They’re also going to provide some other focal points to the house, like the open A-frame rafters on the front porch, which you can see in the rendering of the facade at the top of this post. If the color had been right, we totally would’ve ask to used these boards they snagged from Coney Island. That’s the old wood boardwalk just chillin’ in the Virginia countryside. Sherry was feeling the NYC love.
Okay, back to the floor plans. Let’s go upstairs, shall we?
- Some fun towel storage. Since the jack-and-jill bathroom between the kids’ bedrooms didn’t really have (nor did it need) a formal linen closet, we made room for a narrow vertical cubby (for some casual rolled towel storage).
- Go big or go home sink. Again, since it was a kids bathroom we thought it’d be fun to put one big trough sink in there instead of the traditional setup of two smaller sinks. It’ll still have two faucets so it’s easy for two people to use at once, it’ll just be extra wide for some added fun. I think Clara would play for hours in there.
- Light-filled homework spot. Rather than the bench seat that was originally planned for this spot, we decided that a built-in desk would probably get more use and give the room as much function as possible.
- Defining the playroom space. We’re actually thinking of this room as a “Kids Reading Room,” so it will have more of a quiet, curl up with a book (okay, or maybe video game) kind of feel. So we opted to close it off with a wall, but still give it an open feel with pocket doors. We’re envisioning something kind of like this.
- Freed the tub. We thought the tub would have more presence if it was centered under the back window and freestanding (instead of built into the corner), so we changed its angled placement so that it didn’t block the shower as much (which also allowed for the entire front of the shower to be glass, instead of being walled in with just a small glass door for entry).
- Freed the vanities too. We also thought the twin vanities would be nice and stately if they felt less like angled cabinets with granite on them and more like pieces of furniture set in the room, so we squared them off and are hoping to find some cool dressers or something to convert.
- Balcony, baby! When the builder realized there would be unused roof space on one side of the main bedroom (the breakfast nook is below it) we all thought it would be awesome to add a private balcony up there. We originally had one off the front of the house (attached to a kids room) but the placement off of the main bedroom made a lot more sense.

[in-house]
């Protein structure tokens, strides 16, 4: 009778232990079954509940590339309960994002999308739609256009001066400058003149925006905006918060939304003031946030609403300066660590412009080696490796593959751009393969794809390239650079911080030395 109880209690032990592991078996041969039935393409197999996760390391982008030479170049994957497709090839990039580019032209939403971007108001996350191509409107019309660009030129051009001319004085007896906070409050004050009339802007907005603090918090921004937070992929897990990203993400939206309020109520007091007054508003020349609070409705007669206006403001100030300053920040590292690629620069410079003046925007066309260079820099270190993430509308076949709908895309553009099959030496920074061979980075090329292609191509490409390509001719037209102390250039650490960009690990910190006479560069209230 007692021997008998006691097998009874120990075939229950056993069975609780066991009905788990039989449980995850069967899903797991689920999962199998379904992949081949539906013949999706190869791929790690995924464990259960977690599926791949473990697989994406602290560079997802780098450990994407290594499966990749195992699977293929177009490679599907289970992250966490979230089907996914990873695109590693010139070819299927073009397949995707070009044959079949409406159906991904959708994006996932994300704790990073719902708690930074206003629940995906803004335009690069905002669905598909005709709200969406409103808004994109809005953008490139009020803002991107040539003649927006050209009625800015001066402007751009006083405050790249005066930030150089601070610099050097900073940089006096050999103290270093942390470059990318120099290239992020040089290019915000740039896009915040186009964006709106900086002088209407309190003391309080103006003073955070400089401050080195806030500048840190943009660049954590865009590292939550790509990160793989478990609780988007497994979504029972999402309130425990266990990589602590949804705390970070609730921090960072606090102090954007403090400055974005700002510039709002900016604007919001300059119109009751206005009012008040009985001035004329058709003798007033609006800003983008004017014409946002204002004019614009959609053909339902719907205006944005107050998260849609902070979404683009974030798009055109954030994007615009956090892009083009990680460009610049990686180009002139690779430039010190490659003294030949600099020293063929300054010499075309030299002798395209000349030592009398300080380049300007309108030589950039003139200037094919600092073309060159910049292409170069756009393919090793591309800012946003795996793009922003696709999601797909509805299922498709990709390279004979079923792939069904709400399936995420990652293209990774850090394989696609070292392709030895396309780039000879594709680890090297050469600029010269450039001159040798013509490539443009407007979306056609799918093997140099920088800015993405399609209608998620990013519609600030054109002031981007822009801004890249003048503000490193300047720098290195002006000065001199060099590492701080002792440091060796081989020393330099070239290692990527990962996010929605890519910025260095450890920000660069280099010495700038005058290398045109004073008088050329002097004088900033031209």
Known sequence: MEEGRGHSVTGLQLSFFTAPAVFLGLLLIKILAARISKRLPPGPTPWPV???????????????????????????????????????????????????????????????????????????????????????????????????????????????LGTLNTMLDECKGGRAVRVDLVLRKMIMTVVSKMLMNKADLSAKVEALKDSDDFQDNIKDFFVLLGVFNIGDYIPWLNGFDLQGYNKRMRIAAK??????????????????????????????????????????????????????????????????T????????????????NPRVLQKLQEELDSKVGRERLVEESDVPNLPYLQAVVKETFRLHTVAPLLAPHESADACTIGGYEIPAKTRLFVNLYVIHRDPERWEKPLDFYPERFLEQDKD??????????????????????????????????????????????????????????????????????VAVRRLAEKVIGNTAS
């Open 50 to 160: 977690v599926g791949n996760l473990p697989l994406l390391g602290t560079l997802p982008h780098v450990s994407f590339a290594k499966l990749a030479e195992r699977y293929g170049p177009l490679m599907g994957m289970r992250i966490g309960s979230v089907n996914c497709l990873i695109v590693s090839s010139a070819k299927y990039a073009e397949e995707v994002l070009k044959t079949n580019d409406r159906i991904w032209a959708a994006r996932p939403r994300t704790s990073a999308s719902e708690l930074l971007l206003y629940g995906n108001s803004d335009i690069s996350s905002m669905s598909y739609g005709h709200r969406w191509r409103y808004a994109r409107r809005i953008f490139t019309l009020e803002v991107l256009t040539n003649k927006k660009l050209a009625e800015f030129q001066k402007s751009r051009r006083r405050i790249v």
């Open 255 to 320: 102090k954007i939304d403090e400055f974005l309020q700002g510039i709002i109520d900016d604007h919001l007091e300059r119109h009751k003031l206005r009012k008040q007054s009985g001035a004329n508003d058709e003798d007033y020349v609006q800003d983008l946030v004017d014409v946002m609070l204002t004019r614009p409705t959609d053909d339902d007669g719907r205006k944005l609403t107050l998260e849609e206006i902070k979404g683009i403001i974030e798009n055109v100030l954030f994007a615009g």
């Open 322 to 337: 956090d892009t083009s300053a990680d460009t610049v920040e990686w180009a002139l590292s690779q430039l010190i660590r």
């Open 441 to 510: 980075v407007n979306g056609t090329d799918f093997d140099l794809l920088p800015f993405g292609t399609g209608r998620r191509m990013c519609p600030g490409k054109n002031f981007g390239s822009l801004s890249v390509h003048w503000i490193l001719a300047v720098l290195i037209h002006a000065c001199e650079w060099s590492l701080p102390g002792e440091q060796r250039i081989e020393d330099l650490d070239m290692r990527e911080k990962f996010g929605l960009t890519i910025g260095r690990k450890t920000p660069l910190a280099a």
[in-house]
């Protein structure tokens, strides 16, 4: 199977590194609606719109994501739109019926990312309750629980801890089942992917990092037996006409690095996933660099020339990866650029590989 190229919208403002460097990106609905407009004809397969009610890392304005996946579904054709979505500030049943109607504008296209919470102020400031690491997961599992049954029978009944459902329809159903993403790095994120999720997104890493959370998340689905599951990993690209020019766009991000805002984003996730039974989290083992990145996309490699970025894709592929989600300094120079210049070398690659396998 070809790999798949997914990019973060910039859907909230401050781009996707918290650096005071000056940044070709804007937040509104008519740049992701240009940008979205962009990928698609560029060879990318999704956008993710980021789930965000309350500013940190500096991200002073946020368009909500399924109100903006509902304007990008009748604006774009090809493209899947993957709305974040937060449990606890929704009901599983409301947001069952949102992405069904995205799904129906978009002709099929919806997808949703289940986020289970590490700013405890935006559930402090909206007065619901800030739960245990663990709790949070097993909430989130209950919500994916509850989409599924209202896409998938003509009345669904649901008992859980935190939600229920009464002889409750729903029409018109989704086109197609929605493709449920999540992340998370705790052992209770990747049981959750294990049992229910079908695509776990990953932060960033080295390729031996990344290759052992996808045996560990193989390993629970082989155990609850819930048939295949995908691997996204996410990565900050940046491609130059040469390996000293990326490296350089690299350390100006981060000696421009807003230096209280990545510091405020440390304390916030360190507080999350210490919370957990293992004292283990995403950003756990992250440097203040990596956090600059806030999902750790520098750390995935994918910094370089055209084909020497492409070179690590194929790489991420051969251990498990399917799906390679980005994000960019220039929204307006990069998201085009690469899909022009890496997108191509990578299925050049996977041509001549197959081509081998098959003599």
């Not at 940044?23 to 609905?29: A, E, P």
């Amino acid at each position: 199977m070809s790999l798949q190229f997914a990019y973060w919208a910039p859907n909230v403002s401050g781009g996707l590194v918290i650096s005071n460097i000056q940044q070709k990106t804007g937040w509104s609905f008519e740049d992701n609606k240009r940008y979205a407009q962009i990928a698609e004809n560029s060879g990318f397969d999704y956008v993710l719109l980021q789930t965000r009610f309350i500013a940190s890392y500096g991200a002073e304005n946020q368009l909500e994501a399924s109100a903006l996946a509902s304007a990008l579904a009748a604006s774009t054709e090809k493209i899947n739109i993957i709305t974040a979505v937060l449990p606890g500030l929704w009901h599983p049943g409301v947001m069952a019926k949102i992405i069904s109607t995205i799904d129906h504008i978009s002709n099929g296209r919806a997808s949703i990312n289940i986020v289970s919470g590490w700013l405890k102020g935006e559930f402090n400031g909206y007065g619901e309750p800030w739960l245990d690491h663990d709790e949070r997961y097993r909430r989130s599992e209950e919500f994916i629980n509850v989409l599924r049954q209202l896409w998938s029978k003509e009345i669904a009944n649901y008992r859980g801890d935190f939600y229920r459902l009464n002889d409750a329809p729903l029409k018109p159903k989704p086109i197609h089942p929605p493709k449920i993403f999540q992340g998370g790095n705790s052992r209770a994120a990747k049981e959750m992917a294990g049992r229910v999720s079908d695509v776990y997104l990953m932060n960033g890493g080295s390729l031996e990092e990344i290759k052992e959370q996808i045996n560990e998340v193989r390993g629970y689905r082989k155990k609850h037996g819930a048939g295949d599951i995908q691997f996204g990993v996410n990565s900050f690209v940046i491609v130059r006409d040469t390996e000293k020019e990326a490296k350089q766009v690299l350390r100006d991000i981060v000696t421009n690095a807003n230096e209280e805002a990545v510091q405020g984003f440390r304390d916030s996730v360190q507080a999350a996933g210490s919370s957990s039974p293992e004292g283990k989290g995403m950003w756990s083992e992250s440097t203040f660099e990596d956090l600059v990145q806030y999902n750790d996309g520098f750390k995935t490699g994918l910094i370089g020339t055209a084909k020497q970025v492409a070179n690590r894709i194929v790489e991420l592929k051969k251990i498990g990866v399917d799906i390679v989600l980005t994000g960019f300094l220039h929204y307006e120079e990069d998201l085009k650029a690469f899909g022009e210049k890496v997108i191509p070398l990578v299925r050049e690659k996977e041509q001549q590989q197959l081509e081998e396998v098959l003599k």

There were a few other changes not mentioned, but those are probably the easiest to show at this stage. But I can’t believe we spent so much time talking about the inside without even addressing what happened outside. I don’t have the original version, but here’s where we ended up.
- Ix-nay on the alcony-bay. As I just mentioned in that last bullet, the original plan had a balcony with a pergola on this front window (incidentally, it was the presence of this pergola that helped us know that Builder John was the right partner for us). But the neighborhood’s review board killed the pergola, which made us reconsider the presence of a balcony on a kid’s bedroom anyway (for safety and mischief reasons). So it became a regular window, but that’s where our built-in desk is going to go, so we’re cool with the swap.
- Fake frenchies. Remember how we got rid of the french door in the dining room? Well, we’re going to try to capture the look of french doors with big floor-to-ceiling windows on both sides of the front door instead. That way both rooms get lots of light and easy access to the porch through the entryway door, but they don’t need to account for the clearance of swinging doors (which would impede on the size of the furnishings and their placement in those rooms).
- Open frame. We suggested an open frame look right above the front door. Builder John was all about it and was the one who suggested that we get the Dreaming Creek Timber guys to get us some really awesome accent beams to top things off out there. We think a big hanging glass pendant will look so great shining through that framed detail over the front door.
- Go navy! We said early on that we were leaning towards the idea of a navy house with crisp white trim and cool gray-toned stonework around the foundation. Builder John said “dude, I just sold a house that was tan and the realtor said if it was navy she thought it would have sold faster. Say no more, I’m sold on navy!”
We still need to settle on an exact navy color, and we’re actually meeting this week to look at a few options along with choosing the exact stone and brickwork that will make up the exterior. We’re also thinking of going glossy red or bright yellow for the front door, maybe bringing to life the exterior color combo that Sherry told HGTV magazine she was crushing on a few months ago?
Sorry there aren’t more real pics to share at this point. All of this talk of the house is really making us excited to see it come to life in person! Have any of you guys built a house, or been involved in the process through a relative, friend, or work project? It’s amazing how much there is to think about, but insanely exciting to think that scribbles on a piece of paper can actually become rooms that you can stand in someday.